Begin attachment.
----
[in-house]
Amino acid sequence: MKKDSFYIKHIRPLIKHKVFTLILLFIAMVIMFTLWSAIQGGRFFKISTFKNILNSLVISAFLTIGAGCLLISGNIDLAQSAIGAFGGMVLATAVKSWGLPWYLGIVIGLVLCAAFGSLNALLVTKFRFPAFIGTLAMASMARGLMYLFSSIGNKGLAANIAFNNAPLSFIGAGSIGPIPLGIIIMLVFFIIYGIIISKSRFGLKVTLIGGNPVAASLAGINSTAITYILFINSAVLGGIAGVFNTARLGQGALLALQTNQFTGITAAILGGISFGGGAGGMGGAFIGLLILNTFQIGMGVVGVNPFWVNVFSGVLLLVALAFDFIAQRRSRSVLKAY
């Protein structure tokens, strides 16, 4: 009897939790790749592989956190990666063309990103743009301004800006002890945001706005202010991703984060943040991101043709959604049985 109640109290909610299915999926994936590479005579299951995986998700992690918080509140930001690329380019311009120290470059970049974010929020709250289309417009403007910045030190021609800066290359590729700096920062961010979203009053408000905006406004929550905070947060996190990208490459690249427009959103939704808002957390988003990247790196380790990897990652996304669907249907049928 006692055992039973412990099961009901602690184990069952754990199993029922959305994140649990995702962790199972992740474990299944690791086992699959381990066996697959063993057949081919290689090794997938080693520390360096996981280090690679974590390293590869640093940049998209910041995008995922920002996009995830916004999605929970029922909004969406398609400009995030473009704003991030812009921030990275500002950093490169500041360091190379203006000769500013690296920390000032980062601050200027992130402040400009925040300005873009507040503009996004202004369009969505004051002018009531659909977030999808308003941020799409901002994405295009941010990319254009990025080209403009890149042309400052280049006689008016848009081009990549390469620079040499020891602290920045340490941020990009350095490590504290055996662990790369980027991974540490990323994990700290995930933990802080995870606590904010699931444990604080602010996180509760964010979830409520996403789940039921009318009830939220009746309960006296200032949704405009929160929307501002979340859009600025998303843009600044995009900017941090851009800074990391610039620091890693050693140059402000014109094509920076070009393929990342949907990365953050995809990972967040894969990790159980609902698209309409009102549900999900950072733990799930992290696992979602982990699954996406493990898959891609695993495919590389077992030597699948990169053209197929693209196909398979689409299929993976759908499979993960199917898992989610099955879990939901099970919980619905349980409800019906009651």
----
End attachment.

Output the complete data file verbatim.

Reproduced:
[in-house]
Amino acid sequence: MKKDSFYIKHIRPLIKHKVFTLILLFIAMVIMFTLWSAIQGGRFFKISTFKNILNSLVISAFLTIGAGCLLISGNIDLAQSAIGAFGGMVLATAVKSWGLPWYLGIVIGLVLCAAFGSLNALLVTKFRFPAFIGTLAMASMARGLMYLFSSIGNKGLAANIAFNNAPLSFIGAGSIGPIPLGIIIMLVFFIIYGIIISKSRFGLKVTLIGGNPVAASLAGINSTAITYILFINSAVLGGIAGVFNTARLGQGALLALQTNQFTGITAAILGGISFGGGAGGMGGAFIGLLILNTFQIGMGVVGVNPFWVNVFSGVLLLVALAFDFIAQRRSRSVLKAY
């Protein structure tokens, strides 16, 4: 009897939790790749592989956190990666063309990103743009301004800006002890945001706005202010991703984060943040991101043709959604049985 109640109290909610299915999926994936590479005579299951995986998700992690918080509140930001690329380019311009120290470059970049974010929020709250289309417009403007910045030190021609800066290359590729700096920062961010979203009053408000905006406004929550905070947060996190990208490459690249427009959103939704808002957390988003990247790196380790990897990652996304669907249907049928 006692055992039973412990099961009901602690184990069952754990199993029922959305994140649990995702962790199972992740474990299944690791086992699959381990066996697959063993057949081919290689090794997938080693520390360096996981280090690679974590390293590869640093940049998209910041995008995922920002996009995830916004999605929970029922909004969406398609400009995030473009704003991030812009921030990275500002950093490169500041360091190379203006000769500013690296920390000032980062601050200027992130402040400009925040300005873009507040503009996004202004369009969505004051002018009531659909977030999808308003941020799409901002994405295009941010990319254009990025080209403009890149042309400052280049006689008016848009081009990549390469620079040499020891602290920045340490941020990009350095490590504290055996662990790369980027991974540490990323994990700290995930933990802080995870606590904010699931444990604080602010996180509760964010979830409520996403789940039921009318009830939220009746309960006296200032949704405009929160929307501002979340859009600025998303843009600044995009900017941090851009800074990391610039620091890693050693140059402000014109094509920076070009393929990342949907990365953050995809990972967040894969990790159980609902698209309409009102549900999900950072733990799930992290696992979602982990699954996406493990898959891609695993495919590389077992030597699948990169053209197929693209196909398979689409299929993976759908499979993960199917898992989610099955879990939901099970919980619905349980409800019906009651």